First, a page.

Lucene search

K
nessus
This script is Copyright (C) 2021-2024 and is owned by Tenable, Inc. or an Affiliate thereof.EULEROS_SA-2021-1138.NASL
HistoryFeb 01, 2021 - 12:00 a.m.

EulerOS 2.0 SP8 : dnsmasq (EulerOS-SA-2021-1138)

2021-02-0100:00:00
This script is Copyright (C) 2021-2024 and is owned by Tenable, Inc. or an Affiliate thereof.
www.tenable.com
7

7.9 High

AI Score

Confidence

High

According to the versions of the dnsmasq packages installed, the EulerOS installation on the remote host is affected by the following vulnerabilities :

  • A flaw was found in dnsmasq before version 2.83. When getting a reply from a forwarded query, dnsmasq checks in the forward.c:reply_query() if the reply destination address/port is used by the pending forwarded queries.
    However, it does not use the address/port to retrieve the exact forwarded query, substantially reducing the number of attempts an attacker on the network would have to perform to forge a reply and get it accepted by dnsmasq. This issue contrasts with RFC5452, which specifies a query’s attributes that all must be used to match a reply. This flaw allows an attacker to perform a DNS Cache Poisoning attack. If chained with CVE-2020-25685 or CVE-2020-25686, the attack complexity of a successful attack is reduced. The highest threat from this vulnerability is to data integrity.(CVE-2020-25684)

  • A flaw was found in dnsmasq before version 2.83. When getting a reply from a forwarded query, dnsmasq checks in forward.c:reply_query(), which is the forwarded query that matches the reply, by only using a weak hash of the query name. Due to the weak hash (CRC32 when dnsmasq is compiled without DNSSEC, SHA-1 when it is) this flaw allows an off-path attacker to find several different domains all having the same hash, substantially reducing the number of attempts they would have to perform to forge a reply and get it accepted by dnsmasq. This is in contrast with RFC5452, which specifies that the query name is one of the attributes of a query that must be used to match a reply. This flaw could be abused to perform a DNS Cache Poisoning attack. If chained with CVE-2020-25684 the attack complexity of a successful attack is reduced.
    The highest threat from this vulnerability is to data integrity.(CVE-2020-25685)

  • A flaw was found in dnsmasq before version 2.83. A heap-based buffer overflow was discovered in dnsmasq when DNSSEC is enabled and before it validates the received DNS entries. This flaw allows a remote attacker, who can create valid DNS replies, to cause an overflow in a heap-allocated memory. This flaw is caused by the lack of length checks in rfc1035.c:extract_name(), which could be abused to make the code execute memcpy() with a negative size in sort_rrset() and cause a crash in dnsmasq, resulting in a denial of service. The highest threat from this vulnerability is to system availability.(CVE-2020-25687)

  • A flaw was found in dnsmasq before 2.83. A buffer overflow vulnerability was discovered in the way dnsmasq extract names from DNS packets before validating them with DNSSEC data. An attacker on the network,who can create valid DNS replies,could use this flaw to cause an overflow with arbitrary data in a heap-allocated memory,possibly executing code on the machine. The flaw is in the rfc1035.c:extract_name() function,which writes data to the memory pointed by name assuming MAXDNAME*2 bytes are available in the buffer. However,in some code execution paths,it is possible extract_name() gets passed an offset from the base buffer,thus reducing,in practice,the number of available bytes that can be written in the buffer. The highest threat from this vulnerability is to data confidentiality and integrity as well as system availability.(CVE-2020-25682)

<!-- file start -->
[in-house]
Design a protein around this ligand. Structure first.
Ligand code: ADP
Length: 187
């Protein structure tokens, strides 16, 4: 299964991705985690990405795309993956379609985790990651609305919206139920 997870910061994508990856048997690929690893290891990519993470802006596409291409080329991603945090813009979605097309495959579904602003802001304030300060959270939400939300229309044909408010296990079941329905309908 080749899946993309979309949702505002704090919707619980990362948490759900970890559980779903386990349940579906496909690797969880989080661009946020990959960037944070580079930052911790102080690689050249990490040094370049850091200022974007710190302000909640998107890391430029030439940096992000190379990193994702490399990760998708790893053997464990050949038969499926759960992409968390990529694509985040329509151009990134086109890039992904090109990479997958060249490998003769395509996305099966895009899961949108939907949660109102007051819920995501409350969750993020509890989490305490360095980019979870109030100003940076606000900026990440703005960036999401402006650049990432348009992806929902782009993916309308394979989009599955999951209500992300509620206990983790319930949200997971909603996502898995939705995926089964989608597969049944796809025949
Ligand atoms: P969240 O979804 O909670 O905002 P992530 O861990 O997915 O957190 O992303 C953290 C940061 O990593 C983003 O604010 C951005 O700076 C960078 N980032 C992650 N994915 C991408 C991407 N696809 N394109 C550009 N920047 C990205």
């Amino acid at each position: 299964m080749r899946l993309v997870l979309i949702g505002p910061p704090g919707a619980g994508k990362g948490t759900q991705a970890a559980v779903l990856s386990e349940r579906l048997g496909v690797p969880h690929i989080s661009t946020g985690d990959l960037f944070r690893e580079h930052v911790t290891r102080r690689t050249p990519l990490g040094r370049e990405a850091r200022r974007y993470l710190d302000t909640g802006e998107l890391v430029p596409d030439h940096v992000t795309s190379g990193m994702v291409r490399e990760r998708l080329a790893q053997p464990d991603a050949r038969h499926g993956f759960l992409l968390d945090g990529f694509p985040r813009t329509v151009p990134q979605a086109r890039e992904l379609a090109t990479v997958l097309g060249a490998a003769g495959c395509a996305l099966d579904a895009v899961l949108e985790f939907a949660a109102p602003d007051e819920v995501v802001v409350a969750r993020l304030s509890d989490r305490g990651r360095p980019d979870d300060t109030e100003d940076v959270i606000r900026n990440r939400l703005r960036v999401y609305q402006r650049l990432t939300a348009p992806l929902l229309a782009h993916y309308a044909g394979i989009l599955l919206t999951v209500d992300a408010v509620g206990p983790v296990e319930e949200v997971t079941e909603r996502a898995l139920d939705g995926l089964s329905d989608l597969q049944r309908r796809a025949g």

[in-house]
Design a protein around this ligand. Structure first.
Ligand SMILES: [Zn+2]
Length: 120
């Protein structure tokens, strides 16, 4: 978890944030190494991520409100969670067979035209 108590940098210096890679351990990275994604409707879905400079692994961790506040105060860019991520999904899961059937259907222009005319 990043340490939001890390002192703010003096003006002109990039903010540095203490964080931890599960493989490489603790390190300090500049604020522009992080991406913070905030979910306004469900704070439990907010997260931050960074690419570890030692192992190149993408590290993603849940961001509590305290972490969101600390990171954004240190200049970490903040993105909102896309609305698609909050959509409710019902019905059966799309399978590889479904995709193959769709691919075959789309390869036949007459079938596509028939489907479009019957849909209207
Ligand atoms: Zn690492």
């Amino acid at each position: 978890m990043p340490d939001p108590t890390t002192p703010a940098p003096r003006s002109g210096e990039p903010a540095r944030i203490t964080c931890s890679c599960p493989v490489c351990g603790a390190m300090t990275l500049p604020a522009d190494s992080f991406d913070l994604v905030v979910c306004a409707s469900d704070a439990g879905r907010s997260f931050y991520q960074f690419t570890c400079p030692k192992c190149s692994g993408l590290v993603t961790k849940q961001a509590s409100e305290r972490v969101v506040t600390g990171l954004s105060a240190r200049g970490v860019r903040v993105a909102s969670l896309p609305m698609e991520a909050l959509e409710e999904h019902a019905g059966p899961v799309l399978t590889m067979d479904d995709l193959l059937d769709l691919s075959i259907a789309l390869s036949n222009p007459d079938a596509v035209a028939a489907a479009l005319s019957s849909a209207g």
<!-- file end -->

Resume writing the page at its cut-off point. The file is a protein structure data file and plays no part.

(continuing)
• A flaw was found in dnsmasq before version 2.83. A heap-based buffer overflow was discovered in the way RRSets are sorted before validating with DNSSEC data.
    An attacker on the network, who can forge DNS replies such as that they are accepted as valid, could use this flaw to cause a buffer overflow with arbitrary data in a heap memory segment, possibly executing code on the machine. The highest threat from this vulnerability is to data confidentiality and integrity as well as system availability.(CVE-2020-25681)

  • A flaw was found in dnsmasq before version 2.83. When receiving a query, dnsmasq does not check for an existing pending request for the same name and forwards a new request. By default, a maximum of 150 pending queries can be sent to upstream servers, so there can be at most 150 queries for the same name. This flaw allows an off-path attacker on the network to substantially reduce the number of attempts that it would have to perform to forge a reply and have it accepted by dnsmasq. This issue is mentioned in the β€˜Birthday Attacks’ section of RFC5452. If chained with CVE-2020-25684, the attack complexity of a successful attack is reduced. The highest threat from this vulnerability is to data integrity.(CVE-2020-25686)

  • A flaw was found in dnsmasq before version 2.83. A heap-based buffer overflow was discovered in dnsmasq when DNSSEC is enabled and before it validates the received DNS entries. A remote attacker, who can create valid DNS replies, could use this flaw to cause an overflow in a heap-allocated memory. This flaw is caused by the lack of length checks in rfc1035.c:extract_name(), which could be abused to make the code execute memcpy() with a negative size in get_rdata() and cause a crash in dnsmasq, resulting in a denial of service. The highest threat from this vulnerability is to system availability.(CVE-2020-25683)